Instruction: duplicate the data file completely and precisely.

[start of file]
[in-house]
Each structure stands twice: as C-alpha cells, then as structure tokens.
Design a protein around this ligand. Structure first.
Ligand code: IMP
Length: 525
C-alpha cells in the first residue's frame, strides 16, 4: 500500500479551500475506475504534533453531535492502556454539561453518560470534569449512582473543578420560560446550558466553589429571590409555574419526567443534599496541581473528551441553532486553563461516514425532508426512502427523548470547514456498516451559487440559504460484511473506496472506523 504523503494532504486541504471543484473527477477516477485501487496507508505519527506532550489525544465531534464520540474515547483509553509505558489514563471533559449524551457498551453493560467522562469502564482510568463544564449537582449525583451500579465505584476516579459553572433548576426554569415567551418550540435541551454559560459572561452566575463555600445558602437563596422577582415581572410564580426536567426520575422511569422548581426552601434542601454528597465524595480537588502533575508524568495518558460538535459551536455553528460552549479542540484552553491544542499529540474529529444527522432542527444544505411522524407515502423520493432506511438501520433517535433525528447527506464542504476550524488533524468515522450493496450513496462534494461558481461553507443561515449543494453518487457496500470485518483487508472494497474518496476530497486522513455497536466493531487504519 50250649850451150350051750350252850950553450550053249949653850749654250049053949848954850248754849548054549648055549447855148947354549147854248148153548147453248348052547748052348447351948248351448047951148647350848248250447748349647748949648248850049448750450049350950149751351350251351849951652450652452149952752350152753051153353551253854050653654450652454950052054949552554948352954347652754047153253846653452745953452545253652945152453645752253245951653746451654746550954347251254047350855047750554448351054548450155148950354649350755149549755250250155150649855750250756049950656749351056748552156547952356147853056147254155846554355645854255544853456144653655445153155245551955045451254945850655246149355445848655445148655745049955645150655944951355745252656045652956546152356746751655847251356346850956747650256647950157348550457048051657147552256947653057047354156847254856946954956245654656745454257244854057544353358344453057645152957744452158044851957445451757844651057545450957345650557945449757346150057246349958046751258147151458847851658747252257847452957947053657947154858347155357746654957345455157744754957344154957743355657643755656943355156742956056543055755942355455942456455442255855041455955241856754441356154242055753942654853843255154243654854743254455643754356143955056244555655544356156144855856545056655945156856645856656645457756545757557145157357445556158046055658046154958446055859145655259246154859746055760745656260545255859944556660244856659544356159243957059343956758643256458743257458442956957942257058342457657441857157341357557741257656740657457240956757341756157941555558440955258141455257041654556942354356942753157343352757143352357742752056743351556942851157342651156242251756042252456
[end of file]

[in-house]
Each structure stands twice: as C-alpha cells, then as structure tokens.
Design a protein around this ligand. Structure first.
Ligand code: IMP
Length: 525
C-alpha cells in the first residue's frame, strides 16, 4: 500500500479551500475506475504534533453531535492502556454539561453518560470534569449512582473543578420560560446550558466553589429571590409555574419526567443534599496541581473528551441553532486553563461516514425532508426512502427523548470547514456498516451559487440559504460484511473506496472506523 504523503494532504486541504471543484473527477477516477485501487496507508505519527506532550489525544465531534464520540474515547483509553509505558489514563471533559449524551457498551453493560467522562469502564482510568463544564449537582449525583451500579465505584476516579459553572433548576426554569415567551418550540435541551454559560459572561452566575463555600445558602437563596422577582415581572410564580426536567426520575422511569422548581426552601434542601454528597465524595480537588502533575508524568495518558460538535459551536455553528460552549479542540484552553491544542499529540474529529444527522432542527444544505411522524407515502423520493432506511438501520433517535433525528447527506464542504476550524488533524468515522450493496450513496462534494461558481461553507443561515449543494453518487457496500470485518483487508472494497474518496476530497486522513455497536466493531487504519 50250649850451150350051750350252850950553450550053249949653850749654250049053949848954850248754849548054549648055549447855148947354549147854248148153548147453248348052547748052348447351948248351448047951148647350848248250447748349647748949648248850049448750450049350950149751351350251351849951652450652452149952752350152753051153353551253854050653654450652454950052054949552554948352954347652754047153253846653452745953452545253652945152453645752253245951653746451654746550954347251254047350855047750554448351054548450155148950354649350755149549755250250155150649855750250756049950656749351056748552156547952356147853056147254155846554355645854255544853456144653655445153155245551955045451254945850655246149355445848655445148655745049955645150655944951355745252656045652956546152356746751655847251356346850956747650256647950157348550457048051657147552256947653057047354156847254856946954956245654656745454257244854057544353358344453057645152957744452158044851957445451757844651057545450957345650557945449757346150057246349958046751258147151458847851658747252257847452957947053657947154858347155357746654957345455157744754957344154957743355657643755656943355156742956056543055755942355455942456455442255855041455955241856754441356154242055753942654853843255154243654854743254455643754356143955056244555655544356156144855856545056655945156856645856656645457756545757557145157357445556158046055658046154958446055859145655259246154859746055760745656260545255859944556660244856659544356159243957059343956758643256458743257458442956957942257058342457657441857157341357557741257656740657457240956757341756157941555558440955258141455257041654556942354356942753157343352757143352357742752056743351556942851157342651156242251756042252456